|Knee pain...help! Can any of you fit guru's help me?||MVN|
Jul 23, 2003 11:32 AM
|I just got a 5200 a month ago, and I've put 650 miles on it. I also got a used Selle Italia MaxFlite TransAm GelFlow saddle to replace my Koobi which began giving me problems. The SI is great comfort-wise, no numbness or perineal pain whatsoever. However, my left knee hurts on the inside of the knee-cap, top tube side. Granted, I put as many miles as possible on the bike recently because of the excitement of a new ride and all, and my saddle height is the same as before, but I'm having trouble finding the right fore-aft position with this saddle. I've also re-aligned my left cleat which helped a little, but the pain is still there. A buddy of mine told me I needed to lower the saddle a few mm's, but that didn't feel comfortable, so I put it back where it was. Could it be that I rode a LOT more than usual this past month, or could it be that I just haven't found the right spot fore-aft yet? This bike's geometry is different than my previous ride, the STA is 74 deg. instead of 73.5. I don't know how much difference that makes, though. It's gotten so that my knee twinges even while walking, whereas it never did that before. I've read before that if you have frontal pain in the knee, the saddle is possibly too low. Is that correct? I've read so many things lately about pains and fixes I'm confused. And frustrated to boot. Anyway, I'm just venting. But if anyone can help me, please let me know. I'll supply any fit information you need to get me closer to a solution. All replies eagerly awaited.
|No news here||Crankist|
Jul 23, 2003 12:00 PM
|Just the obvious. See the doc. Stay off the bike for a couple of weeks. Ease back into higher mileage.
Wholesale changes in bike fit can bring this on; it may not return if you allow it to heal thoroughly first.
|Sounds like my knees||LLSmith|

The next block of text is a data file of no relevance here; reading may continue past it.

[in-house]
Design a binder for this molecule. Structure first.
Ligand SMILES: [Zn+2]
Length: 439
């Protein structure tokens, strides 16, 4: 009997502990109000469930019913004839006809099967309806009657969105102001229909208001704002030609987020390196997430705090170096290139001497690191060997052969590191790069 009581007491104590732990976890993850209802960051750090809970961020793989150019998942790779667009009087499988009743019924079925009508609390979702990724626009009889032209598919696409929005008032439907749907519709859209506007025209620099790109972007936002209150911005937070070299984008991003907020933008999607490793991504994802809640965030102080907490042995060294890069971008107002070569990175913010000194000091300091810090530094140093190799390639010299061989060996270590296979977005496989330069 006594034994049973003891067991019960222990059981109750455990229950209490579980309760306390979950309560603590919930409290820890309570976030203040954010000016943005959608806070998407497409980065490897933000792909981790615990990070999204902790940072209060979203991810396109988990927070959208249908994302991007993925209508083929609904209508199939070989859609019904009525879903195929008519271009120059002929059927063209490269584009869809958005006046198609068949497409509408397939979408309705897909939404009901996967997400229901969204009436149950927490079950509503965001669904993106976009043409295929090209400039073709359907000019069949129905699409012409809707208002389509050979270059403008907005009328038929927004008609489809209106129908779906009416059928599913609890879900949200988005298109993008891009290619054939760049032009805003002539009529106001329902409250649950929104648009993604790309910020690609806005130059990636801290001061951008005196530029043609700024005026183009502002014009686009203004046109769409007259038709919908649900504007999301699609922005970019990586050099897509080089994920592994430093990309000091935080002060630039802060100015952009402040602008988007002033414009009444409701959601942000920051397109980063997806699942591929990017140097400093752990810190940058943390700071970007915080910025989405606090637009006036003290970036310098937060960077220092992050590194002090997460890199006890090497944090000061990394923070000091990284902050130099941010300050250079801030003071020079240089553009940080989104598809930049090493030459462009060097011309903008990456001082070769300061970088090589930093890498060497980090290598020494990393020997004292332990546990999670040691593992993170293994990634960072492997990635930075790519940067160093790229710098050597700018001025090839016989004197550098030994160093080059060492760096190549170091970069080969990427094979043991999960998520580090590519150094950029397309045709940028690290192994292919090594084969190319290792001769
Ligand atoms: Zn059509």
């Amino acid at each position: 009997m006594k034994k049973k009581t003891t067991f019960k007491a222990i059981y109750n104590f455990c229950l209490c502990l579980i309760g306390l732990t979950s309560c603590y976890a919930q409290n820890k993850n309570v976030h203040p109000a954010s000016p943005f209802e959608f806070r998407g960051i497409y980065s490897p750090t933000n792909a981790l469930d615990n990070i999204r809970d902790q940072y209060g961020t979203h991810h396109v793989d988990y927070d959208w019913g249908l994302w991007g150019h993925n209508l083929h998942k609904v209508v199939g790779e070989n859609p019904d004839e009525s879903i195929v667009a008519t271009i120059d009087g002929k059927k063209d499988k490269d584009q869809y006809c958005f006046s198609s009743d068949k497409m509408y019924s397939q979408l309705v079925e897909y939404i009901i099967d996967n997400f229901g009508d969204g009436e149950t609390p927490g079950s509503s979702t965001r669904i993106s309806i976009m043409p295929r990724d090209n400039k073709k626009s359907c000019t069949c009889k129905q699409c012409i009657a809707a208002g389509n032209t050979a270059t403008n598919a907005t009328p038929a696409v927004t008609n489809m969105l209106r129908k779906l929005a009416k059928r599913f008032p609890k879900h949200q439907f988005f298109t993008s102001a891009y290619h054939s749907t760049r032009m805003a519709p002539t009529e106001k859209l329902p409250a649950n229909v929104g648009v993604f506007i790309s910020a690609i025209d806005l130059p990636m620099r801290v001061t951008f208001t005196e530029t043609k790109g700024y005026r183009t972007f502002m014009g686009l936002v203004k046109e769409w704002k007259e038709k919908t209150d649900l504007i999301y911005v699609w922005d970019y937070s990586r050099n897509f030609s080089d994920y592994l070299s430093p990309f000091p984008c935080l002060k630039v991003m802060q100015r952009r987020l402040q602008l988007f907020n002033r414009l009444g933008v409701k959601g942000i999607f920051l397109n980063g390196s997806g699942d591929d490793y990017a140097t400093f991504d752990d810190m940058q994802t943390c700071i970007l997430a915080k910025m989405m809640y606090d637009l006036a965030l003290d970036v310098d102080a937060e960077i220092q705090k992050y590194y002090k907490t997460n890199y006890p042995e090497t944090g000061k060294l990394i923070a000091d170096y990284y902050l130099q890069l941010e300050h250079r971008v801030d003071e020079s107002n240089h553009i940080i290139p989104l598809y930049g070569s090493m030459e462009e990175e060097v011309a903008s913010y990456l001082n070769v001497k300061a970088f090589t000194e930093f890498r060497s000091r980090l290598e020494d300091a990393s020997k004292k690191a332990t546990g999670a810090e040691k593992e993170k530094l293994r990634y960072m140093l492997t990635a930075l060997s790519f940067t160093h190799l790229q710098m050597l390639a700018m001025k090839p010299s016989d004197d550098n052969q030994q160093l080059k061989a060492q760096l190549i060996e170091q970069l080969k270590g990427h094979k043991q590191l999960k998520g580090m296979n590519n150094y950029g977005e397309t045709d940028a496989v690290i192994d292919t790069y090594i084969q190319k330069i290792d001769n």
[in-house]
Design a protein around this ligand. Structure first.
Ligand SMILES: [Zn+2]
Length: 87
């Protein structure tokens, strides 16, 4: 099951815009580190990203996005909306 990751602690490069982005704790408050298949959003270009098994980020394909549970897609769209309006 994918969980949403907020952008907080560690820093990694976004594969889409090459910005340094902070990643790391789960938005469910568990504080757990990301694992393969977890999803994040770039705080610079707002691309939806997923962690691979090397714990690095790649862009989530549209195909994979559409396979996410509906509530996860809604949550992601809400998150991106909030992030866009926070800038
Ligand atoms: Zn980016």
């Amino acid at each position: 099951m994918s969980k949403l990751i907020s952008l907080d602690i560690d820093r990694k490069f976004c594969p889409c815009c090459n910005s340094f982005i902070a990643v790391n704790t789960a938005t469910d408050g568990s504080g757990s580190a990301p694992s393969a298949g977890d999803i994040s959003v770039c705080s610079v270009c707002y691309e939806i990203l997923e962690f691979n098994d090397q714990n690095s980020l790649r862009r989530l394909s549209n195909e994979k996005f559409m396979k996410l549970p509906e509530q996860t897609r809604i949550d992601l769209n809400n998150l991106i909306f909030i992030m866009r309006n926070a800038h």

Jul 23, 2003 12:15 PM
|If your saddle height is ok try movung your saddle back a bit.This should help.Until the pain is gone stay off the big chain ring and ice the knee after each ride.|
Jul 23, 2003 12:32 PM
|Is the crank length different from your old ride? I know that my right knee hurts like your left knee when I ride my "rain bike," which is a converted Specialized HardRock with 175mm cranks. My road bike has 172.5 cranks and my right knee does not hurt when I ride it. But of course, my right knee has a good history of getting banged up due to a misguided youth. Regardless of what others say, I can tell a difference between a 172.5 crank and a 175.|
Jul 23, 2003 12:49 PM
|The crank's are the same length. I still have the other bike. The geometry is different, though. I'm just wondering if the seat tube angle could be involved. The Trek's STA is 74 deg. and the GT's STA is 73.5. The cockpit on the GT is a little longer b/c the top tube is a little longer even though they are both 54cm frames. I'm thinking maybe I just went nuts the first month I had it, lol. I had just finished Grad. school and I had plenty of time to ride, which I did. Sometimes it feels good, like I finally got everything right, then the next day it will feel a little off. I guess I'll still play with the saddle fore-aft. The lbs owner said he would help me figure it out. He has all my measurements from a previous fitting. I really wanted to fix it soon since I'm going to Florida Friday and I wanted to take it with me. I may just leave it home and take a few days off the bike, though. Anyway, thanks for your help.|